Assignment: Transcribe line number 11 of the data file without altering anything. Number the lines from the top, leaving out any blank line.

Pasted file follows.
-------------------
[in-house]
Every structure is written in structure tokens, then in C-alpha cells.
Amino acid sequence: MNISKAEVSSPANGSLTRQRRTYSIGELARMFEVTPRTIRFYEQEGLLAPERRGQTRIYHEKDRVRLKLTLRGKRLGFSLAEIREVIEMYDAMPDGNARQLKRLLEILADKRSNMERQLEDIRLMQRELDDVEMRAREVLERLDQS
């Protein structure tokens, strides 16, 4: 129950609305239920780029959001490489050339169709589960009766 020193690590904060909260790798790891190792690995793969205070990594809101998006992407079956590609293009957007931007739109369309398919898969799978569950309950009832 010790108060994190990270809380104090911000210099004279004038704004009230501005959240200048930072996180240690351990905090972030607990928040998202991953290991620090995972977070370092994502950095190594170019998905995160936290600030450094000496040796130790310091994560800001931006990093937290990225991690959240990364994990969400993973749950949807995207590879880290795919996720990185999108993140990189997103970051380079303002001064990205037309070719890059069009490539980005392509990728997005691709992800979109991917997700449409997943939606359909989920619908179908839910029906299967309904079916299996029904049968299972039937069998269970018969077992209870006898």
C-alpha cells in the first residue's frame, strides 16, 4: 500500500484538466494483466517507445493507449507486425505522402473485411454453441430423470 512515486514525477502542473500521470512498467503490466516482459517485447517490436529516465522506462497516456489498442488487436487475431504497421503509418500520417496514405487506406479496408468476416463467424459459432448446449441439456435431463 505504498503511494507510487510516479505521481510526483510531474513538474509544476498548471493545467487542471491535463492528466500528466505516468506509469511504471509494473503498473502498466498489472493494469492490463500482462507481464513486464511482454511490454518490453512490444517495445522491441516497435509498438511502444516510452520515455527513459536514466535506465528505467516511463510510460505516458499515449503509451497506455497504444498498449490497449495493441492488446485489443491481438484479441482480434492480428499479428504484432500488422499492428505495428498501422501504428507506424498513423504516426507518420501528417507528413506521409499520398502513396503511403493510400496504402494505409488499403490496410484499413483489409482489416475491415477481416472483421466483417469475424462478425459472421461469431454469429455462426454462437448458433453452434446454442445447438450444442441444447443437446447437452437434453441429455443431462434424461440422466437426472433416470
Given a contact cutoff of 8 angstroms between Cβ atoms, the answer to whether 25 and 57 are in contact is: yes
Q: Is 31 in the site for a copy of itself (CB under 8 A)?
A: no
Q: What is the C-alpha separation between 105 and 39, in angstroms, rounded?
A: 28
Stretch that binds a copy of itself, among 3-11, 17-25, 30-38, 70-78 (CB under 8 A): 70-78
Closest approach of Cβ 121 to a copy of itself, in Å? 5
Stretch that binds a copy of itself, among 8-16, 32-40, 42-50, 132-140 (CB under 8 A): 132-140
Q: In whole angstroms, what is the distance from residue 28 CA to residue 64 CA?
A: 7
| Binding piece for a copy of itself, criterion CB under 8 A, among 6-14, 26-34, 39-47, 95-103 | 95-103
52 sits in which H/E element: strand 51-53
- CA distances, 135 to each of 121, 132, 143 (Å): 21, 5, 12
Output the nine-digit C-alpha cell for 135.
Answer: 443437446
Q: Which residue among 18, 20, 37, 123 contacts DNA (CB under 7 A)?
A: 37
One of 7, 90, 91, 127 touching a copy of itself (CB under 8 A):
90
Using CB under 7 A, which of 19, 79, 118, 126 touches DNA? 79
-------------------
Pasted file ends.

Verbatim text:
Stretch that binds a copy of itself, among 3-11, 17-25, 30-38, 70-78 (CB under 8 A): 70-78